History and Memory: Monarchy and Dictatorship in 20th Century Central Europe

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Course Information
Terms offered: 
Language of instruction: 
Contact Hours: 

College-level or AP course in Western and/or European History or Art History.

Additional student cost: 



Historical scholarship is divided by scholars who think that history is a science, based on laws, an unalterable set of facts which can be ascertained by archaeological or archival research, founded along the ideas of 19th century German scholars such as Theodor Mommsen and Leopold von Ranke and their contemporaries in (mostly) Western Europe.  Contemporary philosophers, post-modern theorists and „new historians” argue that there is no such a thing as „history”: much rather, people remember the past in different and individual ways, and the result is a composite mixture of their memories, ever changing, imagined, incomplete. A recent addition to this argument, by the French historian Pierre Nora, is the lieu(x) de mémoire, the place(s) where we remember the past, the display of monuments, sculptures, public spaces to remember e.g. the two World Wars, the Holocaust, national revolutions, terrorist attacks, historical figures, national heroes, and many other events and people who became relics and symbols of the past. European history, and Habsburg history in particular, underwent major changes as a result of these new philosophies and arguments. Much of what individuals, everyday people remember has entered History showing the enormous diversity and versatility of the past which we, ordinary human beings, personally shape and own – or disown.

The course presents two areas of history vs memory in particular: (1) the Habsburg Monarchy and its legacy in the nation states; (2) the totalitarian regimes of the 20th century.

(1) The Habsburg Monarchy, and particularly its great capital cities Vienna and Budapest, offer a rich venue to explore the changing nature of ‘History’ into histories. The dissolution of the Habsburg Empire, i.e. the Austro-Hungarian Monarchy, in 1919-1920, resulted in the reorganization of a vast area in the center of Europe. The survivor states of the Habsburg lands such as today’s Austria, Croatia, the Czech Republic, Hungary, the Slovak Republic, Slovenia, and parts of Italy, Poland, Romania, and Ukraine have their own histories of their Habsburg period and these different histories are combined with memories, national, regional, and personal narratives of the past.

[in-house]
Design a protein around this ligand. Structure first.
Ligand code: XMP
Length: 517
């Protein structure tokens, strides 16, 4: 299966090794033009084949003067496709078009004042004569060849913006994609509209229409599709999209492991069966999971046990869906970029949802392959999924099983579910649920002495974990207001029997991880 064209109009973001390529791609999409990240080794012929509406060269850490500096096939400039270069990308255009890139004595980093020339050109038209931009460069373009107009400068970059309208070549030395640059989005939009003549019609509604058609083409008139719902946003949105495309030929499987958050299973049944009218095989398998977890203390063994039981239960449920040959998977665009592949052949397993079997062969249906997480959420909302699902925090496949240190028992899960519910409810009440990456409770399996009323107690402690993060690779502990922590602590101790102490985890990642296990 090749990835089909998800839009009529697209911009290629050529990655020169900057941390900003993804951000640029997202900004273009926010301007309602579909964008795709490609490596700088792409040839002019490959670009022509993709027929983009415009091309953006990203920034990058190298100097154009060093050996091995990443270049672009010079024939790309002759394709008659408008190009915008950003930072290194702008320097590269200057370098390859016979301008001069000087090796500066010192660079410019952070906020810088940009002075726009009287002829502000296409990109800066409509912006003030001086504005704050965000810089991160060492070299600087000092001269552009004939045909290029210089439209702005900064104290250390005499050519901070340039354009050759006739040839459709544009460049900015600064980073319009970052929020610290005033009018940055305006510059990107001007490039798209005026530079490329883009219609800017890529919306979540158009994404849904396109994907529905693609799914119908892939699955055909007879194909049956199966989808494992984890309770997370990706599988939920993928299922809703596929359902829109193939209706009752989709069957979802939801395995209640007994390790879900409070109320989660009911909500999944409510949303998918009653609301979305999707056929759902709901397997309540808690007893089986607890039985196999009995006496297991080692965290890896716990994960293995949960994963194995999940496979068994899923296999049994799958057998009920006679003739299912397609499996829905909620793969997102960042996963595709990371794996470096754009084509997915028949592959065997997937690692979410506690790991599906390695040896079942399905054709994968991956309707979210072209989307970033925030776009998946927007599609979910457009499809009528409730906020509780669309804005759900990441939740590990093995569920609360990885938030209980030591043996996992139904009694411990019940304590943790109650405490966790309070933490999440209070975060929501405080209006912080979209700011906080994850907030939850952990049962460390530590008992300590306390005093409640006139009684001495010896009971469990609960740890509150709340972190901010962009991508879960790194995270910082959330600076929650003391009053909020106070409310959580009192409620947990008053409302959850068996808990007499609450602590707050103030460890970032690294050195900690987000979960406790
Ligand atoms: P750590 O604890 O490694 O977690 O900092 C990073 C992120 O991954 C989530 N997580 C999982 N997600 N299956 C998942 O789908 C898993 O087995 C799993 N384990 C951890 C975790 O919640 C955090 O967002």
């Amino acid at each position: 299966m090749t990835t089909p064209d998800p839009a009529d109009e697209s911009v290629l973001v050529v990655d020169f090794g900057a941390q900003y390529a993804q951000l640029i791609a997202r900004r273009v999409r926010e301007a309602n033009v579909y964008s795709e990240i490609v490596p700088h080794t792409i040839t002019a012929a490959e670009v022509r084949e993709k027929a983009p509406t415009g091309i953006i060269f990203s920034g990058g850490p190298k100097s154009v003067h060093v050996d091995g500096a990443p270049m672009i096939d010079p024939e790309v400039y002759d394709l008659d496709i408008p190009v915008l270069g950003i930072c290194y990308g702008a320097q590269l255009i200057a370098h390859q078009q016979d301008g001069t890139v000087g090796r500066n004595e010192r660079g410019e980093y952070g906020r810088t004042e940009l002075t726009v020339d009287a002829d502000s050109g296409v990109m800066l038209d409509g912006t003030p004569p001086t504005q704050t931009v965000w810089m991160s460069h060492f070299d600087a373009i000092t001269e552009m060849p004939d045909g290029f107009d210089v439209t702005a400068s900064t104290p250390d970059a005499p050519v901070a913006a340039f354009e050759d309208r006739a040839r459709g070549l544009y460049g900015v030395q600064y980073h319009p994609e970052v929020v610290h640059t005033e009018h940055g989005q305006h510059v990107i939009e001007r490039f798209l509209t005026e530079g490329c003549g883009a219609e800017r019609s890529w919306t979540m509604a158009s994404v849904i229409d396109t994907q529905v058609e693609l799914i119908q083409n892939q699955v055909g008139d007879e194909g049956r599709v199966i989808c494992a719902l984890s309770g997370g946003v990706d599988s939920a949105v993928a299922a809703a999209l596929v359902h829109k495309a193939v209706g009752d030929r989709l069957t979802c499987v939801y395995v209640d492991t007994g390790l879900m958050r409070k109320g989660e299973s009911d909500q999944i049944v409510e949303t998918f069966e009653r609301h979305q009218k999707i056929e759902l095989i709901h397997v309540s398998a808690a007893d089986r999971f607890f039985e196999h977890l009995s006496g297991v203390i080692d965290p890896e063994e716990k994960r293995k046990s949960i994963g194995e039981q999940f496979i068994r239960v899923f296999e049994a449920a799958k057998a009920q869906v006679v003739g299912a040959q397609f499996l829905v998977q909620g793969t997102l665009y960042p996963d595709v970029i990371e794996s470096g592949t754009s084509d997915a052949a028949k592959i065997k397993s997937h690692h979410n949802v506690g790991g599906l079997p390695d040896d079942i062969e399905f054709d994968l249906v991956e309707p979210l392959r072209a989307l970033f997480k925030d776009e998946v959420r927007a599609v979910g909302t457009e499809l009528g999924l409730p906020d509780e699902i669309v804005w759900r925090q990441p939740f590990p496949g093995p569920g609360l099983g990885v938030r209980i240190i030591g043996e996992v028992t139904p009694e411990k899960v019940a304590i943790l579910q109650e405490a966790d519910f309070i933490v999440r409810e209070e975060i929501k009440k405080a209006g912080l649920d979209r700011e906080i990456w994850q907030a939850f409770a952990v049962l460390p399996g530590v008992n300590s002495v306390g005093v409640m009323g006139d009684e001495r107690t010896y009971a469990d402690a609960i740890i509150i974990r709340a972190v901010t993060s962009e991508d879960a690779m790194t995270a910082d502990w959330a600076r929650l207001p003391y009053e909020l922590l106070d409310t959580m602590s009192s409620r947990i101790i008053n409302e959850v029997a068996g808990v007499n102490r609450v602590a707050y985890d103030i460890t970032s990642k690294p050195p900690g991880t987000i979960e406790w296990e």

(2) The totalitarian regimes of Nazi Germany and Stalin’s Soviet Union loom large in both contemporary historiography and public memory. One of the most painful parts of the legacy of Hitler’s Europe is the Holocaust, the systematic, industrialized extermination of European Jewry. The course juxtaposes the ways the Holocaust is remembered today including efforts to deny its existence.

The outcome of investigating history vs memory in Habsburg, national, and totalitarian contexts is a heightened sensitivity to we what know and what we remember, how the past survives in both scholarship and the public mind. Our knowledge of the past comes from the combination of learning and remembering, study and memory. Fact and fiction combined help us remember the past.

Attendance policy: 

Consistent and regular attendance and participation is required in accordance with Center policy. Students should be in class, on time, prepared, and attentive. Laptops are permitted exclusively for note-taking. Texting in class is not tolerated.

Learning outcomes: 

Upon completing this course the student should have acquired the ability to:

  • Understand the theoretical framework of ‘history’ vs ‘memory’;
  • Appreciate the various forms of authoritarianism, dictatorship, and totalitarianism in Europe;
  • Get to know the Habsburg Monarchy and its legacy in the survivor states;
  • Learn of the transformations of East-Central Europe in the 20th century;
  • View Nazi Germany and Stalin’s Soviet Union in both contemporary historiography and public memory.
Method of presentation: 
  • Lecture and discussion format
  • Field trip to Budapest
  • Walks in Vienna
  • Readings will be posted on Moodle
Field study: 

Between Weeks 7 and 8; see lesson plan in content (details to follow in class).

Required work and form of assessment: 

The course expectations include: active participation in class discussions; completion of all readings in time for class; term paper (10 pages, topics to be assigned individually); written, in-class mid-term and final exams.

  • Midterm exam - 30%
  • Final exam - 30%
  • Term paper - 30%
  • Class participation - 10%
Week # Content Reading (films if noted)
Part I: What is history?

What is History? E. H. Carr revisited

E. H. Carr, Appleby et al.


History and Memory / histories and memories

Hayden White, Metahistory: The Historical Imagination in Nineteenth-century Europe; Jacques Revel and Lynn Hunt, eds., Histories: French Constructions of the Past